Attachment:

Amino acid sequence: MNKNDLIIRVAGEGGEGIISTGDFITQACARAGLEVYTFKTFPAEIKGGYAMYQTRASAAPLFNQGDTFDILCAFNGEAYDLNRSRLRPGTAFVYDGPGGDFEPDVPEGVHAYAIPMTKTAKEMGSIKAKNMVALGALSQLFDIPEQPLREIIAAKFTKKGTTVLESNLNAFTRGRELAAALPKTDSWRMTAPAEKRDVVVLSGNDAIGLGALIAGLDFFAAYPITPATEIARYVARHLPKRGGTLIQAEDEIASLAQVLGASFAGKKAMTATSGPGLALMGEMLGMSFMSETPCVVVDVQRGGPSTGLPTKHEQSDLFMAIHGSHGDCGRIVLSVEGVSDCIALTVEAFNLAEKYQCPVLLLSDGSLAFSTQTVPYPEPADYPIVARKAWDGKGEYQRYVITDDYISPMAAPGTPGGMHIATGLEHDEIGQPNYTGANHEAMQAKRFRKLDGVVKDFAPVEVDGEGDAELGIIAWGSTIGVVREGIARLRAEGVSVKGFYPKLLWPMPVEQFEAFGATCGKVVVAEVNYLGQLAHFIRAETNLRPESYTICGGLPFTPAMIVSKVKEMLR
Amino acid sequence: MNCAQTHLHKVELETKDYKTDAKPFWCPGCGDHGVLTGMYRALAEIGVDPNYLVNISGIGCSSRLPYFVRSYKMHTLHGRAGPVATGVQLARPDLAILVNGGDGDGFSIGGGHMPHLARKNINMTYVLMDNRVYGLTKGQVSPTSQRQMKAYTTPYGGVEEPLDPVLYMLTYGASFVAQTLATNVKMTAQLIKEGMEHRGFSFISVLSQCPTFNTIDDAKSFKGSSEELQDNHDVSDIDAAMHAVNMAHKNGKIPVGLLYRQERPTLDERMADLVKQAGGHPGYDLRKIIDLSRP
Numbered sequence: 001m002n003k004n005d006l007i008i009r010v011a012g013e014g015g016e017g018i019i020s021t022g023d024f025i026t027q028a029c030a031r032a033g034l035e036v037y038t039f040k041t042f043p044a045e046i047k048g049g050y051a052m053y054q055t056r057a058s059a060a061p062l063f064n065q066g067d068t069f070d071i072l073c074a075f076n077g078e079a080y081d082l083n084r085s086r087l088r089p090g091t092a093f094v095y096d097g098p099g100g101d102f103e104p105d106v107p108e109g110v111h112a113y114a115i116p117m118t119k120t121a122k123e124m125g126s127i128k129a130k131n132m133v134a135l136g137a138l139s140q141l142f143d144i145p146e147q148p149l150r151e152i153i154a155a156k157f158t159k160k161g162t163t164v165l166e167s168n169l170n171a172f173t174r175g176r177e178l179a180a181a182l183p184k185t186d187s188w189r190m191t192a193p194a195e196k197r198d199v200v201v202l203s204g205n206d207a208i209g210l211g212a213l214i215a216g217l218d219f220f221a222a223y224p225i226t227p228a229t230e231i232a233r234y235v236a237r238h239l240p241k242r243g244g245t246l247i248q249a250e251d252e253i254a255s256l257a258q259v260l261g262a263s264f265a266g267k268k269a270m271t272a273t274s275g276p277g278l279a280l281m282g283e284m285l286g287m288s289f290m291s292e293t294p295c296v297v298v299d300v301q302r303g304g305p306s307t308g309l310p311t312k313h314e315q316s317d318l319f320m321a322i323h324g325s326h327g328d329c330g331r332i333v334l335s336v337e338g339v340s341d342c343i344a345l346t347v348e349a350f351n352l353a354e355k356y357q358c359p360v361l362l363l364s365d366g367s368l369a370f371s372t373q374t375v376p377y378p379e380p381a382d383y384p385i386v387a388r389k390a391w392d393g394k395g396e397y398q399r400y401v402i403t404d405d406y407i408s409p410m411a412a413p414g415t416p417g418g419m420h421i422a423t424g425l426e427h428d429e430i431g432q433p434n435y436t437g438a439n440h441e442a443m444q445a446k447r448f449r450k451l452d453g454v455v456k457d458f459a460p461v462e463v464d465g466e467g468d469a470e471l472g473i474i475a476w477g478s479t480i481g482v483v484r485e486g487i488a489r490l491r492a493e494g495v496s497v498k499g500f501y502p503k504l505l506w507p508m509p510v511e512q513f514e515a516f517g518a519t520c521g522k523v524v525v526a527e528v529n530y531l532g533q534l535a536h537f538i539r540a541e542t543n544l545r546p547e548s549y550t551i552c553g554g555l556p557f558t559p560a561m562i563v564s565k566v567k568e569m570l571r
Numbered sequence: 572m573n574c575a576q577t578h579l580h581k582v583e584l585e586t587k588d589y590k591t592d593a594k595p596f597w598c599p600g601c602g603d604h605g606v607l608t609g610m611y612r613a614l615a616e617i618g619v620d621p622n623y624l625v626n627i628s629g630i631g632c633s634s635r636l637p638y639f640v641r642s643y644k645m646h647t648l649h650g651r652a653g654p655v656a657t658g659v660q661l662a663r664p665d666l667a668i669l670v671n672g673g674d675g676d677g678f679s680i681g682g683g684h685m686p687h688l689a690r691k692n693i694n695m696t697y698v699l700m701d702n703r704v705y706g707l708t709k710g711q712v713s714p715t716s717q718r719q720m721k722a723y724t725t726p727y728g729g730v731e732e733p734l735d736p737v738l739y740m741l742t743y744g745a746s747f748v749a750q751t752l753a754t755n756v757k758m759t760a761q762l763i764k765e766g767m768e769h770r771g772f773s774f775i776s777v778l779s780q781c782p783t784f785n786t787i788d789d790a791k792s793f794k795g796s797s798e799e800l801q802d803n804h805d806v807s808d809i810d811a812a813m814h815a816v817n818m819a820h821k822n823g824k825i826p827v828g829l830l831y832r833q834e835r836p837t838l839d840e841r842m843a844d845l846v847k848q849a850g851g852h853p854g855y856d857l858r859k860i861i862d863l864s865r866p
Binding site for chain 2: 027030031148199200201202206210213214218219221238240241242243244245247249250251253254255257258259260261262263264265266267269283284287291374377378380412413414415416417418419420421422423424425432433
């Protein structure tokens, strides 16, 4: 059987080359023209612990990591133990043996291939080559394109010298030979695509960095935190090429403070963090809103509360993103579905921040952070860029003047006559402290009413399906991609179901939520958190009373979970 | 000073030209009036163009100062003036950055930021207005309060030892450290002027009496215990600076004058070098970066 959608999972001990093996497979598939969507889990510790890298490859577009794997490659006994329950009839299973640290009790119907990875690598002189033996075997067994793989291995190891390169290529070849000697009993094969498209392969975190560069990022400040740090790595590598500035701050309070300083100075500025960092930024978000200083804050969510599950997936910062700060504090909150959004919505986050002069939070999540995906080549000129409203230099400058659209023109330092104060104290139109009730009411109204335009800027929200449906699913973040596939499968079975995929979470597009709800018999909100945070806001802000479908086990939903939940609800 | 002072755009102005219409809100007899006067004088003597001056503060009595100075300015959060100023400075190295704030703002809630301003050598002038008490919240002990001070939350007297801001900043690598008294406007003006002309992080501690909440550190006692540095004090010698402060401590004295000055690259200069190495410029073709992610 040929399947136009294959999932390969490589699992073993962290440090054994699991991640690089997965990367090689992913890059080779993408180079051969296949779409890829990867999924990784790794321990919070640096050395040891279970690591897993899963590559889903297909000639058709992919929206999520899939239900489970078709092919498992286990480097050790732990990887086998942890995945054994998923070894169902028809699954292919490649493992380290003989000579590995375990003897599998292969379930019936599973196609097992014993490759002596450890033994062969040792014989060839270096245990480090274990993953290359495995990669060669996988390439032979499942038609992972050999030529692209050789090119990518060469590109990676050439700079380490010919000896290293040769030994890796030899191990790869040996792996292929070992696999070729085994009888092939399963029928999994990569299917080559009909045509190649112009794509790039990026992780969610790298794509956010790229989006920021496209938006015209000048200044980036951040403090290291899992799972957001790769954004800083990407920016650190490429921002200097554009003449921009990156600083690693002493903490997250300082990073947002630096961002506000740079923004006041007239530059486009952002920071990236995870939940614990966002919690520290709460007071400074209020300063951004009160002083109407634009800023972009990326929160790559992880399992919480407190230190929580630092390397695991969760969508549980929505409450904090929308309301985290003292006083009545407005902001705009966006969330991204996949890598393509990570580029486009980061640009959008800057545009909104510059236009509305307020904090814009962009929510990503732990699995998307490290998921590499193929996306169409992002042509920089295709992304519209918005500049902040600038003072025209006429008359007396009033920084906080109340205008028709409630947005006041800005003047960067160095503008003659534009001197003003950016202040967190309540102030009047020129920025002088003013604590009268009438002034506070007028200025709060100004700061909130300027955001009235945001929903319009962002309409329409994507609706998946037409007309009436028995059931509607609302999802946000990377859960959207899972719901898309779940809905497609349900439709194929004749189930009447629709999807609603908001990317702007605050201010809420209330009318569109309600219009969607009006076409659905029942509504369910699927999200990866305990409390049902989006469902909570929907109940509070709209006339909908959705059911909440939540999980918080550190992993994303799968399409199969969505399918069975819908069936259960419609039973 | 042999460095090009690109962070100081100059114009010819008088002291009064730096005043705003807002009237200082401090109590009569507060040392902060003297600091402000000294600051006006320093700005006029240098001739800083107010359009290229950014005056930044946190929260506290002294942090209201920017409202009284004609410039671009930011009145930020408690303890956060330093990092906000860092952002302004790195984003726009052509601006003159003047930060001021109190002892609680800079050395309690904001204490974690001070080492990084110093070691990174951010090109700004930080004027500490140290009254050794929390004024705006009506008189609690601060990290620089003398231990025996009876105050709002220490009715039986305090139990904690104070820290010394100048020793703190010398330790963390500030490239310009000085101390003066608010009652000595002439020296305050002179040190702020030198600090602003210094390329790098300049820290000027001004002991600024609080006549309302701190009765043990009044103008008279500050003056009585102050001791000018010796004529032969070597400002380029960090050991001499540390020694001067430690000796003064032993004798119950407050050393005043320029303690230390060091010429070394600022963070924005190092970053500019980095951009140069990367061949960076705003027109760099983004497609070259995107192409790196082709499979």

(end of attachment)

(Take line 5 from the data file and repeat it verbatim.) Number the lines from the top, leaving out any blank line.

Binding site for chain 2: 027030031148199200201202206210213214218219221238240241242243244245247249250251253254255257258259260261262263264265266267269283284287291374377378380412413414415416417418419420421422423424425432433